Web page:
Following the River Safari, we headed back towards Salmon Arm and planned a hiking pit-stop before the sunset in Kamloops. We decided to do the Battle Bluffs trail which is a small 2 hour out-and-back trail that takes you through some unique British Columbia desert-like landscapes and ends with an amazingly rewarding view of the Kamloops Lake:

Battle Bluffs Trail, Kamloops
Battle Bluffs Trail

I didn’t expect to like the trail as much as I did, given the relative obscurity of the trail online in comparison to other popular British Columbia destinations, but it was an awesome stop that I would recommend to anyone going through Kamloops. Make sure that when you get to the top, you wait around for the train that passes on the mountain side nearby, it makes for some very cool instagram worthy shots:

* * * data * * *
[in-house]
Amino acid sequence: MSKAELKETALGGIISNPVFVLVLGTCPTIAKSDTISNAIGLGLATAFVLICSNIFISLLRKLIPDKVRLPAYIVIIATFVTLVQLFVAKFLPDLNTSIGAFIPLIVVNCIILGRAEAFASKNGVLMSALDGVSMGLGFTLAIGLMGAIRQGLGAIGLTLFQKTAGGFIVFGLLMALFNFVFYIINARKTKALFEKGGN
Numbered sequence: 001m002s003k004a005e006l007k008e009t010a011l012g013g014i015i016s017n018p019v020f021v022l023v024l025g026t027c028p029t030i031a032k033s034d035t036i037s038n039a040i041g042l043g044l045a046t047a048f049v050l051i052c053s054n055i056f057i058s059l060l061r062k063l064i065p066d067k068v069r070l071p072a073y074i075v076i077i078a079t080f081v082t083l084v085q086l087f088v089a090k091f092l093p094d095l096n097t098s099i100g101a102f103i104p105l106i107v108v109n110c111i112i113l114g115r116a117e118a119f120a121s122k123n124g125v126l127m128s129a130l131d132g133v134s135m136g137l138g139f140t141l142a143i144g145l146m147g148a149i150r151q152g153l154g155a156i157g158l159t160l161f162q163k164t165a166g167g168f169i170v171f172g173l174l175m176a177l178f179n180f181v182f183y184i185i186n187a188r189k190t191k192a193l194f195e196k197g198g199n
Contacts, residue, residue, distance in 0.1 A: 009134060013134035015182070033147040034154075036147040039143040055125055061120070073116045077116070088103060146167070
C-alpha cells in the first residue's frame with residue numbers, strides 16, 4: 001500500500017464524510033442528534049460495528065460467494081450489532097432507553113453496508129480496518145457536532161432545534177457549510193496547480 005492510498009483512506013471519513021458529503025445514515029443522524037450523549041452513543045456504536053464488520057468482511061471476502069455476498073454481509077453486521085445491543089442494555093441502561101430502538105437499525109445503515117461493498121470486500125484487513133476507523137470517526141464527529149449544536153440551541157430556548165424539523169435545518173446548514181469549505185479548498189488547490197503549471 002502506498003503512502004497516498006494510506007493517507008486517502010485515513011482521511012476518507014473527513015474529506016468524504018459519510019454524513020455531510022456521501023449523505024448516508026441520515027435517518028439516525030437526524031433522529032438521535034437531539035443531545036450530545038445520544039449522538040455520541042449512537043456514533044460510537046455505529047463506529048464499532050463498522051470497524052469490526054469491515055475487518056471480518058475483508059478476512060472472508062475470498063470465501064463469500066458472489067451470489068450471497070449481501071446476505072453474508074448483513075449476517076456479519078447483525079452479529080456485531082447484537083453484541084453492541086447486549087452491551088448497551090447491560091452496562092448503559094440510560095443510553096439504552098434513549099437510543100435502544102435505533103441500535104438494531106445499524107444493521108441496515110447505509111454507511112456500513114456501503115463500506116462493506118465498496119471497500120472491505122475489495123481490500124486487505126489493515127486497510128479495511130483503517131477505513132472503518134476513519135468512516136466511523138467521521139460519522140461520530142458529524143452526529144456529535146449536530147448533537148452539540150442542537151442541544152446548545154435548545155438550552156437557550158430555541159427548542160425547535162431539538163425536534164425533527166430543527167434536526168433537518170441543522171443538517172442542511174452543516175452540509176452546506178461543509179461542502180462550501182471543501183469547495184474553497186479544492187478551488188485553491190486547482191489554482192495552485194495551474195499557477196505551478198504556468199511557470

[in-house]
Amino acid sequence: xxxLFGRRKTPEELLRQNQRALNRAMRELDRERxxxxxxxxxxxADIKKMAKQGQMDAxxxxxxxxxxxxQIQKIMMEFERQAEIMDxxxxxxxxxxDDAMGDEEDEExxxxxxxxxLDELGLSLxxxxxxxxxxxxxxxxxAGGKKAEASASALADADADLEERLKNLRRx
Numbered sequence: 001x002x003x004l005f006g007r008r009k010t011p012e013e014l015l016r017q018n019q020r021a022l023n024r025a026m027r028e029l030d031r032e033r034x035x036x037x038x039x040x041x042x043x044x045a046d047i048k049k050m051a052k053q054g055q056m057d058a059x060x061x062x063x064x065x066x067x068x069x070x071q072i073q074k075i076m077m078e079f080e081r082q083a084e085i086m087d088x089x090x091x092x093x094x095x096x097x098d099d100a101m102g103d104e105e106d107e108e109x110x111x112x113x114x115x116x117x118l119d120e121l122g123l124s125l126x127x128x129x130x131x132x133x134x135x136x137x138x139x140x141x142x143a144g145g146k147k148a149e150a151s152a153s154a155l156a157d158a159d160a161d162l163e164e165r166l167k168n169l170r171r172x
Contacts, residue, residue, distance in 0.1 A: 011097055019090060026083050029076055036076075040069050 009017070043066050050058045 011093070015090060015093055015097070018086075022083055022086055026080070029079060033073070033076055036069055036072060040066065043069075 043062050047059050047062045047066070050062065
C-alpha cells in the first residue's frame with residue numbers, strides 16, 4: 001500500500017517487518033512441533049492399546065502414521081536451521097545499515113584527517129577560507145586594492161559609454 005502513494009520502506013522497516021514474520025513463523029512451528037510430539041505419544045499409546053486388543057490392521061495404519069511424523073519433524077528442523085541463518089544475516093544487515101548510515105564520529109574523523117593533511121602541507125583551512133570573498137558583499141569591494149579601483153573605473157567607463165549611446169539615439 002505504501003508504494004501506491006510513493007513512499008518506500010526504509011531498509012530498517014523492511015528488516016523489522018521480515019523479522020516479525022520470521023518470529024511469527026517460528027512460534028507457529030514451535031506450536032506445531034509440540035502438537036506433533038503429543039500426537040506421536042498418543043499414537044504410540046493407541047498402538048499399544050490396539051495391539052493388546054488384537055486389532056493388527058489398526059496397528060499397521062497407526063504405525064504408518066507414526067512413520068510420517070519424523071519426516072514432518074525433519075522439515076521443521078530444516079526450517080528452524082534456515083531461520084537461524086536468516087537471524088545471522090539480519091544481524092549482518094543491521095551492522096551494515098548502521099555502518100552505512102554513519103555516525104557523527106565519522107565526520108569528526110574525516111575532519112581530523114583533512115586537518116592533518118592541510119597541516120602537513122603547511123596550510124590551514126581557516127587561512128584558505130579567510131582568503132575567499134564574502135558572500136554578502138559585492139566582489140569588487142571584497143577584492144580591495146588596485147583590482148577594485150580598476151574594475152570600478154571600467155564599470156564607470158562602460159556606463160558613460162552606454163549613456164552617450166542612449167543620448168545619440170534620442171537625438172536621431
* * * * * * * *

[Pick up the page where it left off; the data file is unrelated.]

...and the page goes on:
Battle Bluffs Trail Train Track, Kamloops
Battle Bluffs Trail Train Track

We finished our day by driving to Salmon Arm as a rest stop before we continued our drive to Revelstoke the following day. We had some delicious pub grub and some well deserved sleep.


Day 6: Salmon Arm & Mount Revelstoke National Park


Day 6 was easily my most productive day in terms of photography. The weather was finally on our side and we hit one of the best trails on the west side of the rocky mountains!


We started off by heading to the Salmon Arm Quarry to see some of the birds that nest around the quarry in the early morning. Salmon Arm was still pretty smoky but I still managed to snag a nice looking picture of the Quarry:

Salmon Arm Quarry, BC
Salmon Arm Quarry

I wouldn’t specifically recommend going out of your way to see the Salmon Arm Quarry but if you’re in town it’s definitely worth the detour. There’s also some great opportunities for bird photography which my girlfriend took advantage of (I should have too!).


We followed up the Salmon Arm shoot with a drive to Mount Revelstoke National Park to hike the famous Eva Lake and Miller Lake Trail.